Sesame, bananas, turmeric: Study finds link between Mediterranean diet and South Asia
Calcified dental plaque from archeological remains reveals the complexity of ancient trade and diets 3,500-4,000 years ago. How do we know this, and why is it significant?
Bananas are among the most consumed fruits around the globe, but there is now archaeological evidence to suggest they became part of the wider global diet much earlier than once believed. In a study published in the journal Proceedings of the National Academy of Sciences (PNAS) this week, researchers studying the eating habits of people in the southern Levant region during the Bronze and Early Iron Age said they found evidence of foods from South Asia, including bananas, sesame and turmeric, going back to at least the second millennium BCE.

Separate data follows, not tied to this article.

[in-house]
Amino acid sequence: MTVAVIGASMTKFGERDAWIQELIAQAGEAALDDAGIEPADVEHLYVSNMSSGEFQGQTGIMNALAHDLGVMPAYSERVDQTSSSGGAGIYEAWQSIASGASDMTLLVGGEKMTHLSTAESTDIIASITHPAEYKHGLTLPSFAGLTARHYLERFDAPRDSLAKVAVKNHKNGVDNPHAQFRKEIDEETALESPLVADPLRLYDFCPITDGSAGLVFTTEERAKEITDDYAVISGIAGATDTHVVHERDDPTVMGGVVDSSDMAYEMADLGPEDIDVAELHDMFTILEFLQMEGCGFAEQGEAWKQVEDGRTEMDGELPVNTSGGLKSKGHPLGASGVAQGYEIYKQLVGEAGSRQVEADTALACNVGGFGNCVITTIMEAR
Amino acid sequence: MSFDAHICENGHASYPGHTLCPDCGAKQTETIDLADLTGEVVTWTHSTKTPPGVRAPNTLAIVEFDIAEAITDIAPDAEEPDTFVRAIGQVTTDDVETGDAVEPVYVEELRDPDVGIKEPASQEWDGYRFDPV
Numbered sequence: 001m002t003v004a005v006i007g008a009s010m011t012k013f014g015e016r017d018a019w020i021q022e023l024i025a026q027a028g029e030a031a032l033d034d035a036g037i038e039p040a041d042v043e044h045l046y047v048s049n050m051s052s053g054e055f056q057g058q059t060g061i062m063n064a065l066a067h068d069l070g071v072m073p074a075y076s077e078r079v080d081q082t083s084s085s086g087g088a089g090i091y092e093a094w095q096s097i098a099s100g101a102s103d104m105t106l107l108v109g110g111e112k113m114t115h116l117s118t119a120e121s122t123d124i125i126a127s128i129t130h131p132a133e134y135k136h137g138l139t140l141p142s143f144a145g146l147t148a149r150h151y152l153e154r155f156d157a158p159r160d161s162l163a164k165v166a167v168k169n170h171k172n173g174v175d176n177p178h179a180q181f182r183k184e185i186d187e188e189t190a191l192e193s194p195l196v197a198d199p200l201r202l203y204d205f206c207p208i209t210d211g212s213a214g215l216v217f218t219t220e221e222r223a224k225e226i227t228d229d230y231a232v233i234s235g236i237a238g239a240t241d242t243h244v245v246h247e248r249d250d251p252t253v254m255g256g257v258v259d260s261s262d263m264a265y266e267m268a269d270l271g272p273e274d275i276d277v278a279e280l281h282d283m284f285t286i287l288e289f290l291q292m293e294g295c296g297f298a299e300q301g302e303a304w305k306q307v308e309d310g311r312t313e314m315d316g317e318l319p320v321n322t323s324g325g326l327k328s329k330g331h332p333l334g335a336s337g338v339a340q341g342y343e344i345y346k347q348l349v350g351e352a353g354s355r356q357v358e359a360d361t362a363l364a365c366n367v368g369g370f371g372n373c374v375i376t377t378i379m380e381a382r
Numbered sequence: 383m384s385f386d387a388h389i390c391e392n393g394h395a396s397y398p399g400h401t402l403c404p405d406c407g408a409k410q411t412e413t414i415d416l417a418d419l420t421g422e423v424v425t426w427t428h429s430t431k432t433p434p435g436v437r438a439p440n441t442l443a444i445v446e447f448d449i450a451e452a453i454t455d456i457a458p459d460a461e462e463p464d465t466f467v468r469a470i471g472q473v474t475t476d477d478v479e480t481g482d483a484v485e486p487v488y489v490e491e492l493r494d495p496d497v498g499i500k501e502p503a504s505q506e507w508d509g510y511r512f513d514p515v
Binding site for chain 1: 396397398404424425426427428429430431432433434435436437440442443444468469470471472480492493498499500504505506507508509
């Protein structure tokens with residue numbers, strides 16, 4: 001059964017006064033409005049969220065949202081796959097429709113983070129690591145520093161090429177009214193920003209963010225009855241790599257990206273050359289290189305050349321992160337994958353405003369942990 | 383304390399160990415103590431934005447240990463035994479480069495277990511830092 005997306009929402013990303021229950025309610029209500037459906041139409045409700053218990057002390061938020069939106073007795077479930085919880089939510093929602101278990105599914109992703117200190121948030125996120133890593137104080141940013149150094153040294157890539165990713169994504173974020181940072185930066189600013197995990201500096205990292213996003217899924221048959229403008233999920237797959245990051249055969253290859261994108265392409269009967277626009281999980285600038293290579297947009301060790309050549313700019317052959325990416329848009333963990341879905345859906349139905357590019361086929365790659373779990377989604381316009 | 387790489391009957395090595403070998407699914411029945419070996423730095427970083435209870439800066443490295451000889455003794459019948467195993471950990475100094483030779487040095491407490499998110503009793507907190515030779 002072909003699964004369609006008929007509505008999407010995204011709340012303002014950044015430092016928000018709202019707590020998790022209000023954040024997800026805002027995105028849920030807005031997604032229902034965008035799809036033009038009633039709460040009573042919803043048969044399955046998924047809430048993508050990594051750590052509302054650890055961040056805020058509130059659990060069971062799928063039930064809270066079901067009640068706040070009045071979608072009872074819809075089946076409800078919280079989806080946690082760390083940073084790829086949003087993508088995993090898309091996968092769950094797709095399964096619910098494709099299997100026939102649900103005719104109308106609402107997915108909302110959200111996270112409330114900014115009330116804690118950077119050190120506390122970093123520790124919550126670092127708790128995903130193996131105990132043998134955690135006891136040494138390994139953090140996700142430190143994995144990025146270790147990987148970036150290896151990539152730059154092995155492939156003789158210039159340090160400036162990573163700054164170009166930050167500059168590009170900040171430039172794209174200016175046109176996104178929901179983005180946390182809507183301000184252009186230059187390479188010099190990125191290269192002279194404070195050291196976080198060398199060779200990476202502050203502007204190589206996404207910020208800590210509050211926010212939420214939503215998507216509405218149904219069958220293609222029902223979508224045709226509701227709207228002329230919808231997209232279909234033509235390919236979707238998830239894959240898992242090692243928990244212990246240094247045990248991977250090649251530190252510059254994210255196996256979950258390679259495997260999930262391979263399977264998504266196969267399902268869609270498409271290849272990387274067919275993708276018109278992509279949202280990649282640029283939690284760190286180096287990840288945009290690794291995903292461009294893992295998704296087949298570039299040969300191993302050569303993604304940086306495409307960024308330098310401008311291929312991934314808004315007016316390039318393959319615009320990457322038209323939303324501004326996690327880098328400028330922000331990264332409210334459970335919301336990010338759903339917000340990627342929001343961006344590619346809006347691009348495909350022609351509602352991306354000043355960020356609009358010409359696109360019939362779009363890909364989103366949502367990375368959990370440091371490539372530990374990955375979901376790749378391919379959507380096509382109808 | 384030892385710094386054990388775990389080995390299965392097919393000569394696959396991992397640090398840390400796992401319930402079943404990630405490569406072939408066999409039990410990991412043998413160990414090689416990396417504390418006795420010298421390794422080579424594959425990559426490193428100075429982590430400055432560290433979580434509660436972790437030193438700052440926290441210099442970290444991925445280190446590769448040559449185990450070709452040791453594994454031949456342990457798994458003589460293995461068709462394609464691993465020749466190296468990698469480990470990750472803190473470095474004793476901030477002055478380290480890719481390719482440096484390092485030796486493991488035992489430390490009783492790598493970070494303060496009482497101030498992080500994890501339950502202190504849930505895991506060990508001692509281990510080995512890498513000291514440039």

So, why is this significant?
This new finding shows the Levant — the eastern Mediterranean region which includes present-day Syria, Lebanon, Jordan, Israel, Palestine and Turkey — had been trading with South Asia, where bananas, sesame and turmeric were widely cultivated, as early as 3,500-4000 years ago.
According to the authors of the paper: “We find that, from the early second millennium onwards, at least some people in the Eastern Mediterranean had access to food from distant locations, including South Asia, and such goods were likely consumed as oils, dried fruits, and spices. These insights force us to rethink the complexity and intensity of Indo-Mediterranean trade during the Bronze Age as well as the degree of globalisation in early Eastern Mediterranean cuisine.”